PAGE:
The Best Picture list does not correspond to my own favourite films of the year. It probably doesn’t correspond to yours. However, there is probably some overlap between them, with each of the nominees appealing to different demographics and tastes. The nominees each speak to a different facet of modern cinema, offering something of a collage of where film is at this precise moment in time. There’s a lot of debate to be had around what “reflective” actually means – in the sense of debating what is actually worth reflecting – but there is a sense of this year’s nominees offering a snapshot of modern cinema.

The Irishman and Marriage Story illustrate the influence of streaming services, radically altering the landscape. Once Upon a Time… in Hollywood and 1917 offer a more traditional model of cinema, celebrating the medium’s history and its technical capacity. Parasite shows that mainstream cinema has become truly global and accessible. Little Women offers a feminist revision of a classic narrative. Ford v. Ferrari is a metaphor for a studio system rattled by changing markets. Joker is a crowd-pleasing smash that provides an intersection of Hollywood’s past and present. JoJo Rabbit is a “quirky” and “irreverent” indie.

This is where the “something for everyone, but nobody gets everything” approach comes in. Cinephiles horrified by the elevation of crass populist art like Joker might find comfort in the traditional actor-driven drama of Marriage Story. Younger film fans who find Ford v. Ferrari to be a lifeless “dad movie” might be drawn to the more playful postmodern feminism of Little Women. Those audiences who find The Irishman to be an exercise in self-indulgence might find something exciting in the elevation of Parasite. Audience members who groan at the antics of JoJo Rabbit might appreciate the straightforwardness of 1917.

Each of these films speaks to a different archetype, and each fills that role reasonably well. Joker is the populist titan, like Titanic or The Lord of the Rings: The Return of the King. Little Women is the quirky low-budget period piece like The King’s Speech or The English Patient. Once Upon a Time… in Hollywood is the celebration of Hollywood like Argo or The Artist. Parasite is the arthouse hit from a beloved non-American director, like Birdman or (The Unexpected Virtue of Ignorance). Marriage Story is the low-budget semi-autobiographical performance-driven film that they don’t make the much anymore.

Of course, there are always corrections and revisions that might be made. The Best Picture race would probably be much more interesting if the broad crowd-pleasing box office success of Ford v. Ferrari were swapped out with another movie that fills that particular archetype, like Jordan Peele’s Us or Lorene Scafaria’s Hustlers. Similarly, there might perhaps be a lot to be said for swapping out the low-budget indie “quirk” of JoJo Rabbit for a similarly niche film like The Farewell, Portrait of a Woman on Fire, Waves, Uncut Gems or even The Nightingale. That’s all just a matter of taste.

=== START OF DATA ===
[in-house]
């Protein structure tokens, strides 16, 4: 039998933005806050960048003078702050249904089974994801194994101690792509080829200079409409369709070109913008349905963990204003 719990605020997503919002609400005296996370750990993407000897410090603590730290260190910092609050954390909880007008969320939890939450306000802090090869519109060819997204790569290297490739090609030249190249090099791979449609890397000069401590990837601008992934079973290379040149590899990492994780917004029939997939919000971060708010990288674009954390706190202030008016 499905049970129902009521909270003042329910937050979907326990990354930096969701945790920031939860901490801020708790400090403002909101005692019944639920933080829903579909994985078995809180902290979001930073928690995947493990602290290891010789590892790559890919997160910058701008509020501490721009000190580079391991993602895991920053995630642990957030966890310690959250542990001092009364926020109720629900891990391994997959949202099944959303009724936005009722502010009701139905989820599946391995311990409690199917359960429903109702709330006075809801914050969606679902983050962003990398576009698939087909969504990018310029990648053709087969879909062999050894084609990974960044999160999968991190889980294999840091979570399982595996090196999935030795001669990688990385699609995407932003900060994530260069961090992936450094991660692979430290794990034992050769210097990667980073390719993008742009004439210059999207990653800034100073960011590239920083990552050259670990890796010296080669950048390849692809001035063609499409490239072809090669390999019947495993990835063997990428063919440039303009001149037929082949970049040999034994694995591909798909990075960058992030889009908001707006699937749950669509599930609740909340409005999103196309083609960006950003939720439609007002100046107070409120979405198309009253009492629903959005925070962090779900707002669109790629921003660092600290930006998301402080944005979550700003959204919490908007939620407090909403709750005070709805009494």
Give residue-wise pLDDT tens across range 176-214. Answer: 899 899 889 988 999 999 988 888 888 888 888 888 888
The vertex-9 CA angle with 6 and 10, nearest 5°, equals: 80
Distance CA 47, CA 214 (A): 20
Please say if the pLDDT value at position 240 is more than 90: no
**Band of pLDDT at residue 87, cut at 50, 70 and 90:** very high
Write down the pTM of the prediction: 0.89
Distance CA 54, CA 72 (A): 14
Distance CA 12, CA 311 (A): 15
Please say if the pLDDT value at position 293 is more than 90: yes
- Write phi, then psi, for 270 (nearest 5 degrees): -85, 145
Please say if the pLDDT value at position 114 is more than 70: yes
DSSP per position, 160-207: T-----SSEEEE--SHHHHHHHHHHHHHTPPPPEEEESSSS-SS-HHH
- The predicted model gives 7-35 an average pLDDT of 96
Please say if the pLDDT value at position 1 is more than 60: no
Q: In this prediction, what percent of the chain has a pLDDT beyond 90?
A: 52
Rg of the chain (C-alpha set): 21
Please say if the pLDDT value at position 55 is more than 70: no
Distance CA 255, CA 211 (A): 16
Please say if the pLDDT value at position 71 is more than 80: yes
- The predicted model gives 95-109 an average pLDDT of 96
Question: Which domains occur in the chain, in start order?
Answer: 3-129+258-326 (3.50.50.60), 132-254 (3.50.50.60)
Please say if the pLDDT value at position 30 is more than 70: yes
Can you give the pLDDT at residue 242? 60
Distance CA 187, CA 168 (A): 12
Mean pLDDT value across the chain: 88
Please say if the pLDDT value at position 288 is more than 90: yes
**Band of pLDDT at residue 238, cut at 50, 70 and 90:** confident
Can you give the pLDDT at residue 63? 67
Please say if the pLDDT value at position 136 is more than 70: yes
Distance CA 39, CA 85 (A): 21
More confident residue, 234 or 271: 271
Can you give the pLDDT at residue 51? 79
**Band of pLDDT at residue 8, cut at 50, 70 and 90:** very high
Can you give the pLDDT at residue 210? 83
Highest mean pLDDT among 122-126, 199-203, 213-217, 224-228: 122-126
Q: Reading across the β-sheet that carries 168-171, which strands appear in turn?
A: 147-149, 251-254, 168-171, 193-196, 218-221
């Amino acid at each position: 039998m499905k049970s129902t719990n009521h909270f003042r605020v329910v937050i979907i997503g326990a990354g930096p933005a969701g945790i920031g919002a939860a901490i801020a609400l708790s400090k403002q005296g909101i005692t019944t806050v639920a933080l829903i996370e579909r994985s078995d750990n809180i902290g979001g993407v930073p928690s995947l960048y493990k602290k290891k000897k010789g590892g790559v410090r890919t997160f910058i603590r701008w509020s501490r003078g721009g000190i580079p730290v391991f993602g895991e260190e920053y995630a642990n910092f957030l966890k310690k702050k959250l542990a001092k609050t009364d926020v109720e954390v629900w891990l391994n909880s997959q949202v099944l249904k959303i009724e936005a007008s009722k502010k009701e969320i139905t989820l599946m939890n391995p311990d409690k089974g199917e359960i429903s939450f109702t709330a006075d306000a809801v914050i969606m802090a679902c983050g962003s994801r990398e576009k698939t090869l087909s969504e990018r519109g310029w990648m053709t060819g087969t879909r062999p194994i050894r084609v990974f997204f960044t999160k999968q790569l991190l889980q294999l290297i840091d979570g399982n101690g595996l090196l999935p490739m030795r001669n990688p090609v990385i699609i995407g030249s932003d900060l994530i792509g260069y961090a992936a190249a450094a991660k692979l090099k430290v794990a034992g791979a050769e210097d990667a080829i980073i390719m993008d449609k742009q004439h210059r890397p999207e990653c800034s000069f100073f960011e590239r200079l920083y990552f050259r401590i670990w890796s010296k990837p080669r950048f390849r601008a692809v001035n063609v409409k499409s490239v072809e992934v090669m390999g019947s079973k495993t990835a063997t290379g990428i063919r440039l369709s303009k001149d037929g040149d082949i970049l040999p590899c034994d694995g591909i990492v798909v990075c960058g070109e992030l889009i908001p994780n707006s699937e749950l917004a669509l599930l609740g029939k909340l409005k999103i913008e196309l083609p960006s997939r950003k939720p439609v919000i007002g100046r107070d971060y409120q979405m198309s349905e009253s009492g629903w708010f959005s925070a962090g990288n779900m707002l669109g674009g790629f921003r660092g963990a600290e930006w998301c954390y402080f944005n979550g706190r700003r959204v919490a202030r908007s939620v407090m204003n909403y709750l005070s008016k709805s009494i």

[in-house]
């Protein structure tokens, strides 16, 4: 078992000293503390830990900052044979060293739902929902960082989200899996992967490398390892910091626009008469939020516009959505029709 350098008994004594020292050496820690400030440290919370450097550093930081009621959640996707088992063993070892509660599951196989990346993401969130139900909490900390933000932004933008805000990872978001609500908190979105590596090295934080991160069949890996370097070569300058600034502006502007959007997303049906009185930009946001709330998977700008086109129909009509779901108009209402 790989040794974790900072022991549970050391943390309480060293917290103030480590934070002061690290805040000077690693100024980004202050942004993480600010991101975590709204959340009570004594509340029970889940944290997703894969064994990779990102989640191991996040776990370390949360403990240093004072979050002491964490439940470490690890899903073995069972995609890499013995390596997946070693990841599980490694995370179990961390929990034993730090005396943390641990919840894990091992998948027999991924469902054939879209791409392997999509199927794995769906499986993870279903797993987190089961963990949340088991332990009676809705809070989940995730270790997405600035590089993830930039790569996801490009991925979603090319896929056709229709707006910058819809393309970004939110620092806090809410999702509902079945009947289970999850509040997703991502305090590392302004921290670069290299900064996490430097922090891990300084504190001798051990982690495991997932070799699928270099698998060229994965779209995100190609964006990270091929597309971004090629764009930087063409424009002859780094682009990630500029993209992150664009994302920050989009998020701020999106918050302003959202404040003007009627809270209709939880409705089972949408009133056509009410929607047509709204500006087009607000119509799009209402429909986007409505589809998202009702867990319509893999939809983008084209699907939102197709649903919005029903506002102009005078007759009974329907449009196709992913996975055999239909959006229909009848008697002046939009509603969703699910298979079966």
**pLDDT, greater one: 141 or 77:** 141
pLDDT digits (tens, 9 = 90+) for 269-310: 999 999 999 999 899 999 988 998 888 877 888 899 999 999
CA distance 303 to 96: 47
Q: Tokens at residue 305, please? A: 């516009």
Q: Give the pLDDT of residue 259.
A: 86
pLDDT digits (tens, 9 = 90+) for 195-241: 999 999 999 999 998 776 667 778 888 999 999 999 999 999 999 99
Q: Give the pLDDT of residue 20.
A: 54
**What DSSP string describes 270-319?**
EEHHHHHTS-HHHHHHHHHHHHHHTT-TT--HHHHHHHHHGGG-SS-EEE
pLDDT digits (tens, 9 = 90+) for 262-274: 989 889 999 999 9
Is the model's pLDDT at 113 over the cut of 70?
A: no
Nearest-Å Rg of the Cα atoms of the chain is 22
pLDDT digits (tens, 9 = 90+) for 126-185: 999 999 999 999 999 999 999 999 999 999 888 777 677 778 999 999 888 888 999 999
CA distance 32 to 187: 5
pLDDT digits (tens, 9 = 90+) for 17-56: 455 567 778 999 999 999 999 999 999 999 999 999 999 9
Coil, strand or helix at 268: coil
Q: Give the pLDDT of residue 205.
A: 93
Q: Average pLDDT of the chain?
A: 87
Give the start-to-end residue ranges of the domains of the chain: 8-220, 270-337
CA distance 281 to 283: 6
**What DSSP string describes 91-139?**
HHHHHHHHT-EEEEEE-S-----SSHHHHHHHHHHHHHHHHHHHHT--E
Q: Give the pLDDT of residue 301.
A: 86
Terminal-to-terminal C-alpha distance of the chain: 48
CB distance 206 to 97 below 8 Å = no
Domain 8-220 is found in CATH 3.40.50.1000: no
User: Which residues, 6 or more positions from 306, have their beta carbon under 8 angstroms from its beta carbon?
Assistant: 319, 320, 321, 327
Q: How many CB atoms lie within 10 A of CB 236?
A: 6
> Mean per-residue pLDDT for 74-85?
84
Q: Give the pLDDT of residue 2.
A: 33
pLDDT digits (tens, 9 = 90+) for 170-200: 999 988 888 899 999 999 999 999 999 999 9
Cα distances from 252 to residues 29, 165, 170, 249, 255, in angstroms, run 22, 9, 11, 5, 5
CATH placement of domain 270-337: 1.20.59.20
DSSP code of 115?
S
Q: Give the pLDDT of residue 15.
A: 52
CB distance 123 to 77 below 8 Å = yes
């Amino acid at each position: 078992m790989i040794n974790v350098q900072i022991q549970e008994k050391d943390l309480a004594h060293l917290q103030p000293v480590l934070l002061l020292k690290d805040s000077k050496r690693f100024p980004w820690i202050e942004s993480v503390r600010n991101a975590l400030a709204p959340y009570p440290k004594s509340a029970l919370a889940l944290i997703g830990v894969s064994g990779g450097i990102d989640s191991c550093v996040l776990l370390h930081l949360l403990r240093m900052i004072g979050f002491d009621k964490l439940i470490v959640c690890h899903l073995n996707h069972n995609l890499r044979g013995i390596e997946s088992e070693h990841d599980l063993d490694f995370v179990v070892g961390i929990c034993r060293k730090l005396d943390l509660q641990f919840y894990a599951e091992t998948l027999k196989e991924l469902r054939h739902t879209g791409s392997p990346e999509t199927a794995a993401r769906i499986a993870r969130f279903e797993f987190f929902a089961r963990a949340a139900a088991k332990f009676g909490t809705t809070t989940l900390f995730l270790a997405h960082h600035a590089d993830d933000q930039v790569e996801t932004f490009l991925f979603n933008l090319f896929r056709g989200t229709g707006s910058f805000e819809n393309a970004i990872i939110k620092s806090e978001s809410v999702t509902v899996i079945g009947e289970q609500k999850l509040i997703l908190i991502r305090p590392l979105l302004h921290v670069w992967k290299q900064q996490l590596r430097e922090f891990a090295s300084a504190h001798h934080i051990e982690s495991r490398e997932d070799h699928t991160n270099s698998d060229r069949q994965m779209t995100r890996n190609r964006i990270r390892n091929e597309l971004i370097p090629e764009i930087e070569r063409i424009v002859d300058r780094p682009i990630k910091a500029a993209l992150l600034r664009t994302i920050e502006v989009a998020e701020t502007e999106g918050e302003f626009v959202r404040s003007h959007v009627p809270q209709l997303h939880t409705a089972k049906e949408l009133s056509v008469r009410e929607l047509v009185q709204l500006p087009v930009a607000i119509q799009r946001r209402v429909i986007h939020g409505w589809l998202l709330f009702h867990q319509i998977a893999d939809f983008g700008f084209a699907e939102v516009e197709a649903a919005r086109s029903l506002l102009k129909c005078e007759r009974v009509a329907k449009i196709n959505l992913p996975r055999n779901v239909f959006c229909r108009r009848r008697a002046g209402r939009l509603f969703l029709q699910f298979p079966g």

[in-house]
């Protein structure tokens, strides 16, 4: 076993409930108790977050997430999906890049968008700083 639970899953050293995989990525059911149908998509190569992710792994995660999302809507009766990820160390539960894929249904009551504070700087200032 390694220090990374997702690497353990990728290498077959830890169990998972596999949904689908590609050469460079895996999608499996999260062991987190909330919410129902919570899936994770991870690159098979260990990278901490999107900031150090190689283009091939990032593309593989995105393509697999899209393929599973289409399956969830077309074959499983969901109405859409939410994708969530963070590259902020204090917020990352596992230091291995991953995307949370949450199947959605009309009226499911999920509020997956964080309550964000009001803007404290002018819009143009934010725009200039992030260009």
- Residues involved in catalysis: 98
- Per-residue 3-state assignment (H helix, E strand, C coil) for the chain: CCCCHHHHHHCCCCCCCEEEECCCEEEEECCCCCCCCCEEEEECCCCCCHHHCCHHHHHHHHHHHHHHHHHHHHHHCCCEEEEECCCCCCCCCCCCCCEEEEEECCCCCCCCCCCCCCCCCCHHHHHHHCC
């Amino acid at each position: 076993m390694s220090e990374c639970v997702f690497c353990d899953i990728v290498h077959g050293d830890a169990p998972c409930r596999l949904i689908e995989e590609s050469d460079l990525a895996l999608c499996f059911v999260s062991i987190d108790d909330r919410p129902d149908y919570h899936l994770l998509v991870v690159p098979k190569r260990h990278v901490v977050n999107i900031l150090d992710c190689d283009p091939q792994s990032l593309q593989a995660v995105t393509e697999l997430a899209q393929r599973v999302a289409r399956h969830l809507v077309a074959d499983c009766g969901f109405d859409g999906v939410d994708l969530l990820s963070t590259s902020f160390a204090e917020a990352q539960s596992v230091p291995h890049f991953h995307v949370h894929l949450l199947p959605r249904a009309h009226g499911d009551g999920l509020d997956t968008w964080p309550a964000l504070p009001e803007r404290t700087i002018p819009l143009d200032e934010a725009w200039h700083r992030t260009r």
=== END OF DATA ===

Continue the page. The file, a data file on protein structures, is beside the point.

Much has been written about the long-rumoured and oft-exaggerated “death of cinema.” That fear permeates this year’s awards season, ironically running the gamut from Martin Scorsese’s criticism of Marvel movies through to the manner in which The Irishman has largely been locked out of the major awards. That fear is reflected in how 1917 has pushed its way to the front of the pack, with the bulk of its populist appeal built on nothing more than than the premise of a thrilling theatrical experience – its immersive one-take approach to war demands to be seen on as big a screen as possible with the best sound system.

Of course, this fear is overblown. Cinema is actually thriving. If one looks past the presumed front runner and to the rest of the field behind it, that reality shines through. The box office success of films like Once Upon a Time… in Hollywood shows that there is a market for adult-skewing movie-star driven entertainment. Netflix not only produced films like Marriage Story and The Irishman, it found a way to help them breakout with diverse and young online audiences. Joker allowed comic fans and blockbuster audiences to sample an homage to films like Taxi Driver and King of Comedy or film makers like Chantal Akerman.

It should be noted that online factionalism plays a part here, with audiences constructing their own narratives of what films were elevated and dismissed for what reasons. It’s notable that the success of Joker is largely down to the diversity of its appeal; its fans include members like Greta Gerwig and Michael Moore, its opening weekend audience was only 42% white, and earned about two-thirds of its box office abroad. Joker earned the most nominations because it spoke to the broadest demographics. (In contrast, the opening weekend audience of Little Women was 73% white and only a third of its box office is international.)

Cinema is a very vibrant medium at the moment, practically bursting at seams. To pick an example, last week alone saw the release of Uncut Gems on international Netflix, along with The Lighthouse, Queen & SlimA Beautiful Day in the Neighbourhood, The Rhythm Section and Richard Jewell into Irish and British cinemas. There is simply too much good cinema for a nine- (or even ten-) film field to fully capture of convey it. Any attempt to whittle down an end-of-year list to the ten best films will inevitably disappoint. (Personally, it’s the relatively exclusion of Knives Out this awards season that cuts deepest.)

However, as an impressionistic snapshot of what modern cinema looks like – the low-budget artisanal indies alongside the blockbuster behemoths, the streaming giant features alongside the more traditional allegories for studio film making, the foreign language film that taps into truly global anxieties alongside a revisionist feminist take – this slate of Best Picture nominees does a better job than most. The Best Picture nominees may not capture cinema at its very best in 2019 and 2020, as much as such a thing can be quantified or measured. However, it does offer a sense of the scale and scope of the medium.

That’s truly something.